For all of our happily married readers, I have two things to say:
- Congratulations on finding the love of your life; I wish you years of contentment!
- It’s probably still worth familiarizing yourself with the dating app landscape for trading purposes, even if you don’t ever plan on using them.
Enter Bumble (NASDAQ:BMBL). The dating application was founded by Whitney Wolfe Herd after she departed Tinder, another wildly-popular dating application, in 2014, amidst allegations of sexual harassment. While we normally wouldn’t mention past lawsuits, Herd’s experience at Tinder was central to Bumble’s founding ethos to put women in charge. Unlike other dating apps, only women are allowed to initiate conversations, making Bumble generally friendlier, more inclusive, and less toxic than other dating applications. While it’s already a major player among dating applications with 100M global users, the company has long-term ambitions to become a "preeminent global women's brand."
According to its S-1 filing, Bumble earned $377M in revenue in the first three quarters of 2020, bolstered by stay-at-home mandates across the globe. Over that same period, the company lost $84M, though it has generated profits in the past, including $86M in income on $489M in revenue in 2019. The company generates most of its revenues through premium subscriptions and in-app purchases, with advertising revenue accounting for just 3% of total sales.
In terms of the IPO itself, Bumble recently boosted the size and price range of its offering due to strong demand. The company now plans on selling 45M shares at an IPO price between $37-39, meaning it could raise as much as $1.8B at a $7.2B valuation.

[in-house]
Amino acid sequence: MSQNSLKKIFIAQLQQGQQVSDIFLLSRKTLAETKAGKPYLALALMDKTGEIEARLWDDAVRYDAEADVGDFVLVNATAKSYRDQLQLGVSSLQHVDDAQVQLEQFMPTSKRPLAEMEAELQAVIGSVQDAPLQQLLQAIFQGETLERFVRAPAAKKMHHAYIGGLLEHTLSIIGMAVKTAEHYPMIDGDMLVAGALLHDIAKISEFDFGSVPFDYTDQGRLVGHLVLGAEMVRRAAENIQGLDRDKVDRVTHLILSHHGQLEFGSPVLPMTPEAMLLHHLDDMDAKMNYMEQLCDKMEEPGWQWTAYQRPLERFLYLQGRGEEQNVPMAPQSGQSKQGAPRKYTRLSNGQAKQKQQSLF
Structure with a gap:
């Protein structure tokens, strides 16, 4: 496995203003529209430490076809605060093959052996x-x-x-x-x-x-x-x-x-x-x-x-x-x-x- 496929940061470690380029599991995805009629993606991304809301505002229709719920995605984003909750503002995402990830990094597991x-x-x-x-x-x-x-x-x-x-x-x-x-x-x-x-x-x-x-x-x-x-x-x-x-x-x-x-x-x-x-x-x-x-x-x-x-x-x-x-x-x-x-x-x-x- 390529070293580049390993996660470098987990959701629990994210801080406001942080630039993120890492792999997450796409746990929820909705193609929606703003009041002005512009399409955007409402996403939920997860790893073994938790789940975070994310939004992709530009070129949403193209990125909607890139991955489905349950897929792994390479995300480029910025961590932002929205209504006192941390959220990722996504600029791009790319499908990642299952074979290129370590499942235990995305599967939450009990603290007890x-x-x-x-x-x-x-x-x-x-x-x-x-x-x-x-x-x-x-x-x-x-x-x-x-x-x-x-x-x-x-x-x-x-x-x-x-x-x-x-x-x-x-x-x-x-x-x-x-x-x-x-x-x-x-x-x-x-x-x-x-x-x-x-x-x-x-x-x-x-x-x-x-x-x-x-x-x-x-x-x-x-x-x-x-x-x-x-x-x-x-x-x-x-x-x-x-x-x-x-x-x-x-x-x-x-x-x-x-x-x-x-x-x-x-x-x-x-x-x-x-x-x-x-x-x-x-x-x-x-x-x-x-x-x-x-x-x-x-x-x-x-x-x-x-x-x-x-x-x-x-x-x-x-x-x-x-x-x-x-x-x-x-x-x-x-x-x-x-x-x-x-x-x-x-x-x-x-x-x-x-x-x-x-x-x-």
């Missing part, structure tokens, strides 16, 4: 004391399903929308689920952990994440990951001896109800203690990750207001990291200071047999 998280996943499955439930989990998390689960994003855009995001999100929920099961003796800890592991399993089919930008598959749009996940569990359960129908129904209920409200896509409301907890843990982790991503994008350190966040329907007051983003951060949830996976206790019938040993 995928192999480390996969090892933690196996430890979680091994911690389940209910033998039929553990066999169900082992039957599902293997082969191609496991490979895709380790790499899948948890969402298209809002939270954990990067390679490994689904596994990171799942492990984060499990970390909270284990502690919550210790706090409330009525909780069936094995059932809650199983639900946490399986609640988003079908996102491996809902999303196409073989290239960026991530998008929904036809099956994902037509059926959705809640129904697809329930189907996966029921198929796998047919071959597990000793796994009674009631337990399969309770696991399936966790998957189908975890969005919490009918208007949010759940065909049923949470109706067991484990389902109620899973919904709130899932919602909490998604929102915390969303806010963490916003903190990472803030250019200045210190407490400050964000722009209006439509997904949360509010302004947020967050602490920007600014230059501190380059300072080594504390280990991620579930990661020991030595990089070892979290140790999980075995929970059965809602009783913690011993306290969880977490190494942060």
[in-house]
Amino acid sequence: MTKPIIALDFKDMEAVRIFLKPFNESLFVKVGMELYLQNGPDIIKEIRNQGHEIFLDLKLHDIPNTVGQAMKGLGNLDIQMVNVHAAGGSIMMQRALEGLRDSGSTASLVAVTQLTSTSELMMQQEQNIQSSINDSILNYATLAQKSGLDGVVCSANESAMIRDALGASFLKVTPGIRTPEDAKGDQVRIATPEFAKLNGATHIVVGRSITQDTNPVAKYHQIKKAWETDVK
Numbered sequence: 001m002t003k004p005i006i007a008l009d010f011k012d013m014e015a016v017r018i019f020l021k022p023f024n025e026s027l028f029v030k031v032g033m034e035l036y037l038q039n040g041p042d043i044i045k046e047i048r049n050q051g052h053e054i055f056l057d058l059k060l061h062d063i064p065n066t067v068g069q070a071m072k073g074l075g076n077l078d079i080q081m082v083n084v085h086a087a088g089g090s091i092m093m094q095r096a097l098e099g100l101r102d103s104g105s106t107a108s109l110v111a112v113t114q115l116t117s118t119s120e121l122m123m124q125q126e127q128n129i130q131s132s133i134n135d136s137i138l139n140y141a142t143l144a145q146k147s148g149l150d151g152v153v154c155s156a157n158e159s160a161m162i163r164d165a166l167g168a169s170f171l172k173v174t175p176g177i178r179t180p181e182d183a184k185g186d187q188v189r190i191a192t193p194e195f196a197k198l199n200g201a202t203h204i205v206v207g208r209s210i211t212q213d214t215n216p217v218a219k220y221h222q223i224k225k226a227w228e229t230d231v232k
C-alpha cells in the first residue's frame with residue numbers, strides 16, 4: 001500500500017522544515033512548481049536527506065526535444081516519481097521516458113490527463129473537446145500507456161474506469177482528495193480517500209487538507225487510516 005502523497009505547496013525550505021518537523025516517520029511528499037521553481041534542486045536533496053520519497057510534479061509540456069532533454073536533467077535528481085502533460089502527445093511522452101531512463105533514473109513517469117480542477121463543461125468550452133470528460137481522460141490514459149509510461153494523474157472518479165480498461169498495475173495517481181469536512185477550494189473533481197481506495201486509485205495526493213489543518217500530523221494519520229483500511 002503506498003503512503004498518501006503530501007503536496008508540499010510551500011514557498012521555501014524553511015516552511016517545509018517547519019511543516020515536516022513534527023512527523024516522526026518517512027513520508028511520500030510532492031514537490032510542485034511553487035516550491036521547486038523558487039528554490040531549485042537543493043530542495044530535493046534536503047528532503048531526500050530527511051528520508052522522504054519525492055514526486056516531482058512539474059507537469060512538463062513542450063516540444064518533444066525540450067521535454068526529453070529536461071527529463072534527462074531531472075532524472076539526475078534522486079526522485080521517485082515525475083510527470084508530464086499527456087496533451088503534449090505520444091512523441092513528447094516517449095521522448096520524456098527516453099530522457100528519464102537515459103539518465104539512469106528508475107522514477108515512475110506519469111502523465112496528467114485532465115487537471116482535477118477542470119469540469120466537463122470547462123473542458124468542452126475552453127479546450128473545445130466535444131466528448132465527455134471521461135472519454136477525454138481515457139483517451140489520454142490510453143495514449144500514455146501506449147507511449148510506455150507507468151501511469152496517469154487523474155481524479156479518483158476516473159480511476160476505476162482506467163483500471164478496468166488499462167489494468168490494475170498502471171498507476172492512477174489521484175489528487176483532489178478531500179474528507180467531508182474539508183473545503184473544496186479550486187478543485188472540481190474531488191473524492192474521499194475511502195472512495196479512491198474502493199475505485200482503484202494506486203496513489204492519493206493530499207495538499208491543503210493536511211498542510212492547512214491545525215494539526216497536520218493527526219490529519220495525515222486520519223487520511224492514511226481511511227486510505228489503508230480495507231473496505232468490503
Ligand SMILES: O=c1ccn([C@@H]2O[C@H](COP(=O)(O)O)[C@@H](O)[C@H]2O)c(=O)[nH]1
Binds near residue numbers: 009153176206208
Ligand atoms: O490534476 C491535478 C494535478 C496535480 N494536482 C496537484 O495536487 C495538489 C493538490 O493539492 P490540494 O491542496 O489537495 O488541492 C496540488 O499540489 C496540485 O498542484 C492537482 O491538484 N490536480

Bumble IPO Risks and opportunities
There’s certainly a risk with the lofty valuation on a generally unprofitable company, but investors have been gobbling up the shares of fast-growing companies aggressively of late regardless of profitability. In comparison, competitors like Match Group (NASDAQ:MTCH) and InterActiveCorp (NASDAQ:IAC) sport valuations of $45B and 23B respectively, so there’s certainly room for upside if the company can continue to attract new users.
The other major risk associated with the company is that it is entirely dependent on the its dating apps for revenues at the moment. While management is seeking to diversify into other community-building strategies, these ventures have yet to generate meaningful revenue, so if the zeitgeist of the volatile dating app industry moves away from Bumble for any reason, the stock may struggle.
On the positive side of the ledger, Wolfe Herd (31) will become the youngest woman ever to take a company public; combined with the firm’s general philosophy of empowering women, the stock should become a staple in fast-growing ESG (environmental, social, and governance) funds.
While we eagerly await to see where the stock opens on Thursday, Feb. 11, its first day of trade, readers are reminded that IPOs tend to be highly volatile when they first hit the market as the market tries to home in on an initial valuation. For that reason, it’s critical for readers to watch prices closely, practice good risk management, and size positions appropriately.Leave a comment